[9] As characterised in the course of the debate, the pursuers’ allegations are of a widespread and consistent picture emerging over many years whereby routine copyright infringement in the workplace was, or inferentially must have been, known to and “authorised” or “permitted” by the defenders’ local and central management. If that picture were to be satisfactorily established after proof, it is in my view at least possible that liability for copyright infringement would be brought home against the defenders under either or both of sections 16 and 26(3) of the Act. At this stage, certainly, such an outcome cannot be ruled out, especially in circumstances where the true scope and application of the law regarding the “playing” or “performance” of copyright works “in public” have not been explored in argument. On relevancy grounds, therefore, the pursuers are in my view entitled to the inquiry which they seek. Having reached that conclusion, however, I am not to be taken as accepting that, on proof of the averments in question, the pursuers would necessarily succeed in their claims against the defenders. In the course of the debate various hypothetical situations were figured in which charges of copyright infringement might arguably go beyond the contemplated scope of the legislation and/or offend against common sense. Whether, in the event, any such difficulties materialise in this case will depend on how the evidence turns out at the proof.

[10] Reverting to the defenders’ complaint of a lack of fair notice, it seems to me that, with the assistance of the incorporated schedule, they now know the scale and geographical extent of the picture which the pursuers seek to paint against them. They also know from the associated averments that the pursuers are offering to prove consistent findings on each recorded inspection visit, to the effect that copyright works played on personal radios are routinely audible to the workforce and customers alike. In addition the pursuers offer to prove a long-term state of awareness on the part of the defenders’ central and local management from which inferences of “authorisation” and “permission” may legitimately be drawn. Against that background, it is hard to see what further notice the defenders can now truly require, bearing in mind that formal averments of the statutory wording of sections 16 and 26(3) of the Act would tell them nothing that they do not already know. The defenders fairly acknowledge that proof of every single instance of alleged infringement might be an unwieldy and excessive exercise, but for the pursuers it was stressed that without some agreed identification of a representative sample for the purposes of proof there might be little alternative but to go the whole way. At this stage, … I am not persuaded that the court can or should curtail the pursuers’ freedom to lead evidence, if they have to, on all of the matters particularised on Record and in the incorporated schedule.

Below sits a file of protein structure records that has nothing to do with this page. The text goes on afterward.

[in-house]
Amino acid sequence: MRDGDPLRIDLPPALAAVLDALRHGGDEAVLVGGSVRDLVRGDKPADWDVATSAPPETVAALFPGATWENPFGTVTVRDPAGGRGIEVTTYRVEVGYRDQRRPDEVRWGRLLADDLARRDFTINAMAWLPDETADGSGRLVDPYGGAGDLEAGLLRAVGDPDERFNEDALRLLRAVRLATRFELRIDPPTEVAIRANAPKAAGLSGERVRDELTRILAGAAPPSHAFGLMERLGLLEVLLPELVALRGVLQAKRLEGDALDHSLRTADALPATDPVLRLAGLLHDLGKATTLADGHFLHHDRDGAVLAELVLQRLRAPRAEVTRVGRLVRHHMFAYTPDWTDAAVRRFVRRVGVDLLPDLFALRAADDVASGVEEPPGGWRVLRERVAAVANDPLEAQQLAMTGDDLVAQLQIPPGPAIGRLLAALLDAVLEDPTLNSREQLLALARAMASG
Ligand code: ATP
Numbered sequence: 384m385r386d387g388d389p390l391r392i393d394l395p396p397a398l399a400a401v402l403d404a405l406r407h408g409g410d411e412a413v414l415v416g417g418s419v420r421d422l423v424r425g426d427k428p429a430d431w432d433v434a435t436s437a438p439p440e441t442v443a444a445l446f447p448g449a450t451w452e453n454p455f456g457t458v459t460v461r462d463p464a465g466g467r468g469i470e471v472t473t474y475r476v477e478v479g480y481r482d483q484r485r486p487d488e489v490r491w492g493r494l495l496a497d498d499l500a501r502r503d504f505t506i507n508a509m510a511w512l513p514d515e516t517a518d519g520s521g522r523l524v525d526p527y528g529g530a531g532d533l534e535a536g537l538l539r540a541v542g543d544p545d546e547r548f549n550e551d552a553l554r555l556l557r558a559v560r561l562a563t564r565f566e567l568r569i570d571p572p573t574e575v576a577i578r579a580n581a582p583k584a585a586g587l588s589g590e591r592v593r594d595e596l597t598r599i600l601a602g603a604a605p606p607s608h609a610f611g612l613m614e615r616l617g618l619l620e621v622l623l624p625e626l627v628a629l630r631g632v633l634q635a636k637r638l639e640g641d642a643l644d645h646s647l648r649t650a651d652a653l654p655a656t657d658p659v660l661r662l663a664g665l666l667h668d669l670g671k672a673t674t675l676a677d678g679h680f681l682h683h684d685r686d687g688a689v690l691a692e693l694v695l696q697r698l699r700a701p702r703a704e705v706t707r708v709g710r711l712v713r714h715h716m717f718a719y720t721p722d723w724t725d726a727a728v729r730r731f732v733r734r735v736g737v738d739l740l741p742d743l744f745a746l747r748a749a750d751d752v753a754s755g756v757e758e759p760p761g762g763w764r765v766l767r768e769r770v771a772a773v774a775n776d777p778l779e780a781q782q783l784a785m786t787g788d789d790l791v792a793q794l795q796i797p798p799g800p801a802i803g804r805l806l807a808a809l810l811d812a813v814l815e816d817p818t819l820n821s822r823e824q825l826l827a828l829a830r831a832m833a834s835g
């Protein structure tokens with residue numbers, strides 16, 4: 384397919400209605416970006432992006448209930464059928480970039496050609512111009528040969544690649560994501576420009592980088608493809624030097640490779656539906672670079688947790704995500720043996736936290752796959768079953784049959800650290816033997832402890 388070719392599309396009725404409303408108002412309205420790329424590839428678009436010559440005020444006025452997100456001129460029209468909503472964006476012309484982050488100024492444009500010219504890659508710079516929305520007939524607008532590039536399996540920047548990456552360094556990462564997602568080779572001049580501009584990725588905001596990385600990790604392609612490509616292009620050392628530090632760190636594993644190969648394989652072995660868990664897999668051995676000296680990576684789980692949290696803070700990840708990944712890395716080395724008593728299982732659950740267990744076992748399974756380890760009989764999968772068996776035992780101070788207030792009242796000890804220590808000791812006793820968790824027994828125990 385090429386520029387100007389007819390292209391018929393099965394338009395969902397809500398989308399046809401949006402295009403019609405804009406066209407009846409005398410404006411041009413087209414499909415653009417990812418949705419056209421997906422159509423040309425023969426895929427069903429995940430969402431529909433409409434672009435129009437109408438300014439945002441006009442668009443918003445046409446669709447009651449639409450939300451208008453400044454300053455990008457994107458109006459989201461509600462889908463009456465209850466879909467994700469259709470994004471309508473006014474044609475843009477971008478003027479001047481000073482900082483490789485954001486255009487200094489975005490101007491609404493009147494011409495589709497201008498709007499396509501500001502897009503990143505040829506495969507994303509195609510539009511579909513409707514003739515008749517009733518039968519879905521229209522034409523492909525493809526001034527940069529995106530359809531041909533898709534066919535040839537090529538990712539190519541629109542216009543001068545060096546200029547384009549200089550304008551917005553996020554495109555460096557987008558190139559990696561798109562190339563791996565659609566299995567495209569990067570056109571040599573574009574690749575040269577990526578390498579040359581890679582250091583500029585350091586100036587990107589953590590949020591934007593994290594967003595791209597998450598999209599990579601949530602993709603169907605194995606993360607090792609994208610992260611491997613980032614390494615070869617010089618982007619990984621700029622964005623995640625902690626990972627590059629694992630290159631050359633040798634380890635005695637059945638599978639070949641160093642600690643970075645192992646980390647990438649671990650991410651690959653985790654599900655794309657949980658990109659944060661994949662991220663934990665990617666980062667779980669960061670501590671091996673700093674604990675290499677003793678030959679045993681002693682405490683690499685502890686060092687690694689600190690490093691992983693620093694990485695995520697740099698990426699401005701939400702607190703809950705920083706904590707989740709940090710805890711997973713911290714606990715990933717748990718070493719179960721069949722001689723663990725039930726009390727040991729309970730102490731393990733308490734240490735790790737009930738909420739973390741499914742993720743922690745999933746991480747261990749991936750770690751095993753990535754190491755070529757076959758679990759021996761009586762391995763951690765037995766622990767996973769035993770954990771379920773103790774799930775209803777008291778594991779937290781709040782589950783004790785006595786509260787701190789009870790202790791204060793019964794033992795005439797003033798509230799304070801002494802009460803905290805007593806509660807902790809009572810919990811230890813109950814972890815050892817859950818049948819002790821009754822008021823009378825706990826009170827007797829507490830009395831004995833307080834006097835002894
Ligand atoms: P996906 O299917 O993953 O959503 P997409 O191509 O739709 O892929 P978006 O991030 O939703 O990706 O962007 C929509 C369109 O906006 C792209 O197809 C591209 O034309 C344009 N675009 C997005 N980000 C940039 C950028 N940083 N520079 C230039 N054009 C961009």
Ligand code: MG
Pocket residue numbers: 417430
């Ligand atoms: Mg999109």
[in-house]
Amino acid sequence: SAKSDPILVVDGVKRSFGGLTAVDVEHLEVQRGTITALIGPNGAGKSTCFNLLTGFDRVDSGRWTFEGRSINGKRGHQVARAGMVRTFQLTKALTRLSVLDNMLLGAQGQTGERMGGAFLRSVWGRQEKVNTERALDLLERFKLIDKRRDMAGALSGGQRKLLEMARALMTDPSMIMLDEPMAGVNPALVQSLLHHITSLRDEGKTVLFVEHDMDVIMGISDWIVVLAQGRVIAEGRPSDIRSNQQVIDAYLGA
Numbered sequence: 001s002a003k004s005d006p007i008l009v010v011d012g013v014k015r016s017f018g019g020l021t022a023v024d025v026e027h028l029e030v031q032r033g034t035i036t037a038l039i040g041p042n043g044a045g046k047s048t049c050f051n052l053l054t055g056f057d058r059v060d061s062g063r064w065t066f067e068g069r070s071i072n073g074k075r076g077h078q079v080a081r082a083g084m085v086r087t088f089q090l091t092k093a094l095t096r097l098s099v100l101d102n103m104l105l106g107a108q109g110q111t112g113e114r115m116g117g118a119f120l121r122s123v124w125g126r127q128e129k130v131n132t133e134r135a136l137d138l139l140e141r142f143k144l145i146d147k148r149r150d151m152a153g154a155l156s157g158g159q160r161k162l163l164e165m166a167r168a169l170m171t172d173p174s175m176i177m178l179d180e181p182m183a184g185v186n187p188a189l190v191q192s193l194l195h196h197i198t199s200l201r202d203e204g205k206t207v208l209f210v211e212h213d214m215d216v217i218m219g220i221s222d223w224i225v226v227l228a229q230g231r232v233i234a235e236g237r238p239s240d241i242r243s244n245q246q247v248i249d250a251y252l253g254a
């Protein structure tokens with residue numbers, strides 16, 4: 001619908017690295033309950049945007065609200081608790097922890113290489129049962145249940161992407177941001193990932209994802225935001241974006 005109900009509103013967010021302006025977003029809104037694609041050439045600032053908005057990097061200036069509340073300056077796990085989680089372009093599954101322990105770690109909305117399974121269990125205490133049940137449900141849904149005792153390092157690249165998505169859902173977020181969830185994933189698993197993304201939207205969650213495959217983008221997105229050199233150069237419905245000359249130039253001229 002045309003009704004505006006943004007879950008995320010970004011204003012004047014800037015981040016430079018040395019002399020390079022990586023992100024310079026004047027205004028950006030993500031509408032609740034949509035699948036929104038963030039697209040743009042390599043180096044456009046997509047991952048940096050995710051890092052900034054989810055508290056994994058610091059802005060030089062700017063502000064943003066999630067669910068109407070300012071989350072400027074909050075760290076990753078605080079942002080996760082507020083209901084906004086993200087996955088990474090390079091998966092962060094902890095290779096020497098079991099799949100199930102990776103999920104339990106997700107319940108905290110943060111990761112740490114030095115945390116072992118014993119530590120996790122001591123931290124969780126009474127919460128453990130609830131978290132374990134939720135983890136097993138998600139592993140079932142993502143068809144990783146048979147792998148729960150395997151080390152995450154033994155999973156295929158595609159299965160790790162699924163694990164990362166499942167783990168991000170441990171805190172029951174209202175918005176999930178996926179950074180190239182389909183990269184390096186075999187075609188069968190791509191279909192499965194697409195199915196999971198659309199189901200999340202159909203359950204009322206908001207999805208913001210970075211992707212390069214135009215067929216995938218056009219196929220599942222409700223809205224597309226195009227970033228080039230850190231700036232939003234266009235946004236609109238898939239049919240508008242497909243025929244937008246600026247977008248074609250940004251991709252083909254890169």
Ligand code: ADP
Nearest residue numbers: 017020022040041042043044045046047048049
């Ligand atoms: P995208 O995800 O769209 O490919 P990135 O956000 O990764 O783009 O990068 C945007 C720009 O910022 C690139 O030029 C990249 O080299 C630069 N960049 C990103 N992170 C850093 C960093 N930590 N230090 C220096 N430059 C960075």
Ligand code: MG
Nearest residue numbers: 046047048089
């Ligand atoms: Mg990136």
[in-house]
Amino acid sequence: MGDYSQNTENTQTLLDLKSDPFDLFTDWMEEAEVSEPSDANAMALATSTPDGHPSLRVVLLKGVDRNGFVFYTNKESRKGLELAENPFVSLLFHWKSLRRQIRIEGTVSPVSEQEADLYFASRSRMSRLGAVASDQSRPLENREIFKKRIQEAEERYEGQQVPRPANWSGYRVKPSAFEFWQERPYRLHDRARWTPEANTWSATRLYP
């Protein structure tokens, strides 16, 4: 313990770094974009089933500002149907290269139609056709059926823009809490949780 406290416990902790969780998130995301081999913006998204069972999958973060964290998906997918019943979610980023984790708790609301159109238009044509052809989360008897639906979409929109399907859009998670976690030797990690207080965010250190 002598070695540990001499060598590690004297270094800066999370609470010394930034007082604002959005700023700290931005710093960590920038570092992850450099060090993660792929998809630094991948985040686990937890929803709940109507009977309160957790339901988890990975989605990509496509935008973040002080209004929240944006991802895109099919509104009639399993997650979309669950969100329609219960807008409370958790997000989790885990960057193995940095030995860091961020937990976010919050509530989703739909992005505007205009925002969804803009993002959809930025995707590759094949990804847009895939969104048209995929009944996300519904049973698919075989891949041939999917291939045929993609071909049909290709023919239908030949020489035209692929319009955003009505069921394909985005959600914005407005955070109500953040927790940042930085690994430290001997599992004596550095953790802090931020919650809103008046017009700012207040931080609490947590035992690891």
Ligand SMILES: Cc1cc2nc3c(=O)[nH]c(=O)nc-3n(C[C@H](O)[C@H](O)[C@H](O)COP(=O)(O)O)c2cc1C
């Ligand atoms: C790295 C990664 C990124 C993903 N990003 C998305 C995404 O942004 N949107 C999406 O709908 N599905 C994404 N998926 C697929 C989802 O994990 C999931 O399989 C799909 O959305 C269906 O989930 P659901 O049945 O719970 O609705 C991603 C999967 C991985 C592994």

[11] Finally, as regards the defenders’ averments of their long-standing company policy prohibiting the use of personal radios in the workplace, I am satisfied that they are relevant to go to inquiry and that the pursuers’ challenge is not well founded. At the very least, as it seems to me, the existence of such a policy must be one of the many factors to be considered in any assessment of the defenders’ alleged responsibility for primary or secondary infringing acts”.

The IPKat looks forward to the ruling at trial, noting the decision of the Danish Supreme Court in Marius Pedersen A/S v KODA [2007] ECDR 15 that an employer was not carrying on a public broadcast of copyright-protected work even if it supplied its employees with radios and players at the workplace